plastic bags

31 petitions

Started 1 month ago

Petition to Jeff Bezos, Bob Miller

Ban Plastics From Albertsons' and Whole Foods Markets within 5 Years

 It's time the retailers take some responsibility! Communities around the world (including ours in Idaho) are struggling with the issue of what to do with all the plastic being pushed on consumers (many simply trying to feed their families).  Plastic is made from oil. If we're ever going to wean ourselves from fossil fuels we must also wean ourselves of plastic packaging. An estimated 12.7 million tonnes of plastic end up in oceans each year, according to Greenpeace. We are asking Mr. Bezos of Whole Foods and Mr. Miller of Albertsons' to follow the lead of Iceland Supermarket. “The onus is on retailers, as leading contributors to plastic packaging pollution and waste, to take a stand and deliver meaningful change.*” Iceland has become the first major retailer to commit to eliminate plastic packaging for all its own-brand products.  The supermarket chain, which specialises in frozen food, said it would go plastic-free within five years to help end the “scourge” of plastic pollution.  The current plastic packaging would be replaced with paper and pulp trays and paper bags, which would be recyclable through domestic waste collections or in-store recycling facilities.  The supermarket recently carried out a survey in which 80% of 5,000 people polled said they would endorse the move to go plastic-free.  Iceland managing director, *Richard Walker, said: “The world has woken up to the scourge of plastics. A truckload is entering our oceans every minute, causing untold damage to our marine environment and ultimately humanity – since we all depend on the oceans for our survival.  He also said Iceland would ensure all packaging was fully recyclable and would be recycled, through support for initiatives such as a bottle deposit return scheme for plastic bottles. From The Guardian 2018-01-15:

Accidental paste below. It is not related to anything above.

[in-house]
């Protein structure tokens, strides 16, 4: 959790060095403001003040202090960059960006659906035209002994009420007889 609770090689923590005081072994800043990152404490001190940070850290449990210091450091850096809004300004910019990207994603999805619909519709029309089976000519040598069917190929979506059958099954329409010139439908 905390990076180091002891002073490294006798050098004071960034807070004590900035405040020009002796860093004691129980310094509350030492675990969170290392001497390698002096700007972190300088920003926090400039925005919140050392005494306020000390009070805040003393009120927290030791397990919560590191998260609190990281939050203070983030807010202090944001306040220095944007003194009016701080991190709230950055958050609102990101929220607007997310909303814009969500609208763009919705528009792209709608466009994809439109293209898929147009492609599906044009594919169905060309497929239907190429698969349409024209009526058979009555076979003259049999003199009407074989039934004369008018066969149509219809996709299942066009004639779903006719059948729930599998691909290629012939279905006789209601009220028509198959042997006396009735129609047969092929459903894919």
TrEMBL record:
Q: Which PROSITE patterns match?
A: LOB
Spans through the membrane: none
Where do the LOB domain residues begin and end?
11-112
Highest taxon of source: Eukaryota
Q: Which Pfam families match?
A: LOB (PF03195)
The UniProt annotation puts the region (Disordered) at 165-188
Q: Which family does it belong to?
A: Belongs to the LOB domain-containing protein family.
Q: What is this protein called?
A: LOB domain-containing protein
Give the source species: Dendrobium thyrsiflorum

steve goodall
164,130 supporters
Update posted 3 months ago

Petition to Sodexo Campus Dining Team, Barnes & Noble College

Reduce Plastic Bag Use at Tulane!